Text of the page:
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Casey Christie / The Californian

Lisa Ann Celedon, right, is sentenced Thursday for hit and run causing injury after pulling out in front of a BPD motorcycle officer, causing him to crash and then driving away. Her attorney Monica Bermudez, is at her side in court.

A judge sentenced a Bakersfield motorist Thursday to community, service, fines and felony probation in an unusual case of hit-and-run in which the two vehicles involved never actually collided.

Lisa Ann Celedon entered Department 1 of Kern County Superior Court with her head and face almost entirely covered by a scarf.

Judge Colette M. Humphrey sentenced Celedon to 250 hours of community service and three years' probation, and ordered her to pay restitution for medical expenses and losses to the Bakersfield police officer injured in the crash.

Humphrey also ordered Celedon to pay for the repairs to the officer's motorcycle.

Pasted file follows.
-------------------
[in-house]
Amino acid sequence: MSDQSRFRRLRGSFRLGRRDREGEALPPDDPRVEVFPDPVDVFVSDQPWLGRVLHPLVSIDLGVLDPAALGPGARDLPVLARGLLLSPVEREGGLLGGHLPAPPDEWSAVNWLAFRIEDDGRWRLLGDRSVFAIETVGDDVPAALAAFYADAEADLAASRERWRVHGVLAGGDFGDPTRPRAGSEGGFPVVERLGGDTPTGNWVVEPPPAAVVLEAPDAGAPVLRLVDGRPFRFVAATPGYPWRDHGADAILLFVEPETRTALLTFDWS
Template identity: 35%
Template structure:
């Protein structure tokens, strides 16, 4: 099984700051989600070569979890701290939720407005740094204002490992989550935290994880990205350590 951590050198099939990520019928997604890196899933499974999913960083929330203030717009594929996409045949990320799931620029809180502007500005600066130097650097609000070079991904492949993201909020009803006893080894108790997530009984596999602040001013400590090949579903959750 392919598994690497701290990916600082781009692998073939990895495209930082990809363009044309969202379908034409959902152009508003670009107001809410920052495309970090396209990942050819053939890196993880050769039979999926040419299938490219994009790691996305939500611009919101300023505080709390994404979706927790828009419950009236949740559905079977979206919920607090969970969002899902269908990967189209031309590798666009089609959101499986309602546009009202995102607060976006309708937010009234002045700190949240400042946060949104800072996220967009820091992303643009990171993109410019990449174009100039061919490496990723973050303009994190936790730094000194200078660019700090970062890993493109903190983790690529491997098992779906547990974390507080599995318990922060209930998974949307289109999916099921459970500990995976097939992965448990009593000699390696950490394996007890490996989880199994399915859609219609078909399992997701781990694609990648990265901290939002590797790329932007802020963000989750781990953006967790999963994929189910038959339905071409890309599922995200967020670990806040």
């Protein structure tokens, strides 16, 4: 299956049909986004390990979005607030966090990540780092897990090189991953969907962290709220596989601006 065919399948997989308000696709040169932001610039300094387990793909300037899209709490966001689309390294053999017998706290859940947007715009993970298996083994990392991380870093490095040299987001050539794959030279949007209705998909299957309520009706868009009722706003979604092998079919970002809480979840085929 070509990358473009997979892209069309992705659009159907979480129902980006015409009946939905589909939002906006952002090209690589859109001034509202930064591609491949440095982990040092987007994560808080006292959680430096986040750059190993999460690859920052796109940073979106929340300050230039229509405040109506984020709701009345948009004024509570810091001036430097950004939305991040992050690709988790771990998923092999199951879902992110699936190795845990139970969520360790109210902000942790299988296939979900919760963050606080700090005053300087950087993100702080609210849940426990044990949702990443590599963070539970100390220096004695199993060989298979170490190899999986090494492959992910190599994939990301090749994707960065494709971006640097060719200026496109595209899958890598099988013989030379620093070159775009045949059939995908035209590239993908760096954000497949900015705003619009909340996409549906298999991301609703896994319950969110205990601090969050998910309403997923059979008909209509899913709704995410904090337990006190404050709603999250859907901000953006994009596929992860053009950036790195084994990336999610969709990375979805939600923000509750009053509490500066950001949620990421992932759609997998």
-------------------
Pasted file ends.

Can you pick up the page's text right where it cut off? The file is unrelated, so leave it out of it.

Supervising Deputy District Attorney Andrea Kohler said prosecutors originally wanted Celedon to serve some time in jail, but in looking at her previous lack of a record and other factors in the case, they're happy with the outcome.

"I have to think it's not the norm," Kohler said of a hit-and-run not involving an actual collision.

Defense attorney David A. Torres has previously said that it was reasonable to assume the officer was speeding at the time, and the question was whether Celedon's actions resulted in the officer's actions. Torres could not be immediately reached Thursday.

Celedon pleaded no contest in late February to felony hit-and-run resulting in injury, and to a Vehicle Code infraction.

Bakersfield police said Celedon pulled out directly in front of Officer Brian Looney at 6:05 a.m. Sept. 10 on Truxtun Avenue. Looney was headed east on Truxtun approaching Truxtun Plaza West and was forced to take evasive action to avoid hitting Celedon's vehicle.

The officer crashed his motorcycle, suffering road rash and a broken arm, police said. Celedon left the scene.

Vehicle Code section 20001 describes a driver's duty to stop at the scene of any injury accident.

The section says, in part, that "the driver of any vehicle involved in an accident resulting in injury to any person, other than himself or herself, or in the death of any person shall immediately stop the vehicle at the scene of the accident."